Truth: You can’t downshift into first while doing 90 on the freeway, and you can’t suddenly suggest seeing other people after you’ve already promised someone a commitment. But such is the folly of an anonymous letter-writer who wonders to New York Times Social Q’s columnist Philip Galanes if they can essentially renege on a promise to be exclusive and keep hanging out without taking the relationship to Defcon 1. Folly alert!
My girlfriend and I have been going out for six months. At about the three-month mark, she started raising the issue of dating exclusively. I really care for her, but I wasn’t ready for exclusivity. Still, I agreed. (I was a jerk!) Recently, I almost hooked up with a girl I met at yoga, and would have if she hadn’t backed out. (Now, I feel like even more of a jerk.) Please tell me how to handle this. I think I could be exclusive with my girlfriend in the future, but I’m not there yet.
First off, who still calls it “going steady,” anyway? Second, I can’t tell if this is a guy or gal letter writer (“yoga”; “jerk”), but it feels like a male question, and one thing women always objectively get right are their feelings. Let’s parse!
I can say these things in the letter-writer’s defense: For all its loveliness, the first blush of romance and the heady thrill of courtship comes with a lot of anxiety over the future: What if he really likes the Dave Matthews Band? How long before we get on each other’s nerves? How long before I get really bored with the sex? How long before this person tries to lock me into the jail cell of fidelity and throw away the key?
No one is immune from the fear of being rushed into love or commitment. From studies looking at how quickly men and women say “I love you,” we know that men may actually want it sooner, but also that women often wait for men to make the first commitment move anyway, because news flash, it’s for precisely the reason stated in this letter: If you bring it up first, even if he agrees, you’ll never really know if it was his idea. Then you’ll never know if he’s really off drooling over some girl during downward-facing dog while you’re abstaining from the Netflix show you promised you’d watch together.
Both men and women have found themselves in the untenable position of dating someone they like perfectly well but to whom they aren’t ready to commit. The other person gets all starry-eyed, and there you are, backing away slowly, terrified of being bound too soon. But this is why there are so many perfectly great vague, date-like but commitment-phobic ways to describe a relationship wherein one or both parties are not ready for the more traditional language: Hanging out, hooking up, chilling, dating, “dating partner.”
What’s more, most people seem to know in about a month whether they want to get serious with someone. One recent survey at Mic found that most people tend to go exclusive after about four weeks. Another study found most people know if they want to make it official after about six dates.
All of this makes Mr. Three Months Going-Steady Yoga Jerk sound like a real outlier. It’s been three months and you’re still not sure? You “could” be more exclusive in the future, but you’re “not there yet”? All that is perfectly defensible — feelings can’t be scripted; no one has to care sooner than they care; we are all free to move about the cabin as jerkily as we desire. All’s fair, right?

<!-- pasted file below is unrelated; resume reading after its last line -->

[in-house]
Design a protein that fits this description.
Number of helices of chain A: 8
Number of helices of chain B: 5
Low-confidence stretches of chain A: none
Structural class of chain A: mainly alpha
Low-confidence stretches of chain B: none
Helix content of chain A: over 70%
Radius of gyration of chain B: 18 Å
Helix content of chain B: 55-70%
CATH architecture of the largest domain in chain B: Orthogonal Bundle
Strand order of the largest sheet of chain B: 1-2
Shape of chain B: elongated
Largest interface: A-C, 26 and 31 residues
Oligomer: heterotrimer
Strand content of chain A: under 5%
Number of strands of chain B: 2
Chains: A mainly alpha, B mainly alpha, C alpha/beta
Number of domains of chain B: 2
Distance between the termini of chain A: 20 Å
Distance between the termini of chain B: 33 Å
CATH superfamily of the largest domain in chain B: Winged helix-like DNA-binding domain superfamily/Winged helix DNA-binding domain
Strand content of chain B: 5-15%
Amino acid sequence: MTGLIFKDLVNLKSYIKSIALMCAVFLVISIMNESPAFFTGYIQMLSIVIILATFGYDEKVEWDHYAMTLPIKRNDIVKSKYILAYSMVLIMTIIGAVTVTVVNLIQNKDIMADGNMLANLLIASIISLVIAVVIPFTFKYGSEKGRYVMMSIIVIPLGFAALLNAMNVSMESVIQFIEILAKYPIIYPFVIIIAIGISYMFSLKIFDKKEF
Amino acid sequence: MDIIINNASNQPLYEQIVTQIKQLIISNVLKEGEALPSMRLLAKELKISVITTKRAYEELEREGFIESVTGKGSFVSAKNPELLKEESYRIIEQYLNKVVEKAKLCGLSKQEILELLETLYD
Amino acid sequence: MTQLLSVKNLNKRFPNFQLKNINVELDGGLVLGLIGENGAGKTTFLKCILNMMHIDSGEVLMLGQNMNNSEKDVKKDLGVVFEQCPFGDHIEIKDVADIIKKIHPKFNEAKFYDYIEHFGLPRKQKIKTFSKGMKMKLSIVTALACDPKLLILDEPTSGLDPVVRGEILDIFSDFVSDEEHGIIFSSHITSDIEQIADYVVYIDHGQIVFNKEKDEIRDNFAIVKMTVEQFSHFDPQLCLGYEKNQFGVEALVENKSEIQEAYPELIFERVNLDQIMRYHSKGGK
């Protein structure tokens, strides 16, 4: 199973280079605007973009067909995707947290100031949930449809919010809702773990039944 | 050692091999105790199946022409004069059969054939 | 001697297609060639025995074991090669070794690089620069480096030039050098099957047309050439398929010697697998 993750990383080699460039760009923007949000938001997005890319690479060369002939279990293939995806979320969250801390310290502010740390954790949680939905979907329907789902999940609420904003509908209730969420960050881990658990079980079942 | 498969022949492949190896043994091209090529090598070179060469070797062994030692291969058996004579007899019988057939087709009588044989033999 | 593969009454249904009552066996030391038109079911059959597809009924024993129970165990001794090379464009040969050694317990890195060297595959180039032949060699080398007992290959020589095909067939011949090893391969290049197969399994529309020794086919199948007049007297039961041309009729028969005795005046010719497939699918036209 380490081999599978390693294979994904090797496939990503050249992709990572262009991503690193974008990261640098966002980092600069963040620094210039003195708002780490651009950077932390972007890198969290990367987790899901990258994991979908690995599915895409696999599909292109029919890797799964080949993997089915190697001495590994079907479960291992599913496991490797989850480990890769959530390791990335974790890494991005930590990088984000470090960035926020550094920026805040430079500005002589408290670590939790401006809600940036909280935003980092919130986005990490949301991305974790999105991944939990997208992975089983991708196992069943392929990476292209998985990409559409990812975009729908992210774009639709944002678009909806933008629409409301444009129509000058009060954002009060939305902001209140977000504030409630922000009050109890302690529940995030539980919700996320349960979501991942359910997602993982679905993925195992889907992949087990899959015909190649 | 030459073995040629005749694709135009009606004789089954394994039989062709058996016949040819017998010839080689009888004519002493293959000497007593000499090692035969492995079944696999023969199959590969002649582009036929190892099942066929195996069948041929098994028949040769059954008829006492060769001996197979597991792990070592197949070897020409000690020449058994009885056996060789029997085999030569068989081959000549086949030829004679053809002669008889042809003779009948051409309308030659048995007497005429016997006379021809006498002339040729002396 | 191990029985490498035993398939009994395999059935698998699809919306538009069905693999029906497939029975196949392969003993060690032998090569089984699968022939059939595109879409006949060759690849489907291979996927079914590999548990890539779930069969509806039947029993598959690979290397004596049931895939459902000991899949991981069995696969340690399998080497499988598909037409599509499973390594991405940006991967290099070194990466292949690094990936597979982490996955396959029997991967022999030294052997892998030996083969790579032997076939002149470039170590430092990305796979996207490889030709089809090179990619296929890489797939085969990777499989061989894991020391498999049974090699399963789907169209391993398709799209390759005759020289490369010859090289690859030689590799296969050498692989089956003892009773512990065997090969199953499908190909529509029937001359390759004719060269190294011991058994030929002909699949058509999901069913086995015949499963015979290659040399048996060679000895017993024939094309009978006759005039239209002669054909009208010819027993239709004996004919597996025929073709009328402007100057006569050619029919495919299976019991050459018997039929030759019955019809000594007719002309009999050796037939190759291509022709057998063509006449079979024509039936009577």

Where you lose us is on this gross yoga thing. The last thing anyone wants is a theoretically committed boyfriend who is actually across town not even fighting the urge to fuck someone else during Sun Salutation B. This is, by the way, why romance has its own unspoken stand-your-ground laws — we all have the right, out of pure self-defense, to hold back certain things from a relationship until we’re ready to give them, and sex and commitment are the two big ones. Also the routing number to your bank account.
But here are also certain things that, once given out, you can’t take back: Birthday gifts, tickets to a cool show, STDs and a promise to date one person exclusively. In a monogamous relationship, the only way to go back is to break up. (I’m sure someone somewhere went from casual to serious and back again; please leave a smug comment detailing how you did it.)
Of course, there’s always the nonmonogamy option — plenty of people have it both ways by seeking out partners who are into having an open or polyamorous relationship. But that’s the kind of thing you really need to decide in advance, and think through carefully: Are you cool with your partner taking home the occasional yoga hottie of their own?
Back at The New York Times, Galanes tells Anonymous to tell his lady friend a sugar-coated version of the truth: “Talk to your girlfriend right away,” he writes. “Say: “I really care about you. But I agreed to exclusivity before I should have. I feel confined by it, and that’s not right. Is it possible for us to step back and keep dating, without that promise?” (Confessing your aborted hookup strikes me as needlessly provocative. It would be the only thing she hears, and it’s beside the point. Your premature agreement is the main issue.)”
Needlessly provocative? How about honest? Because if you told her you really, really like her — but not so much that it would overshadow the urge to tap a nice ass in Lululemons — she’d dump you. And you would deserve it. Accept defeat and depart the field.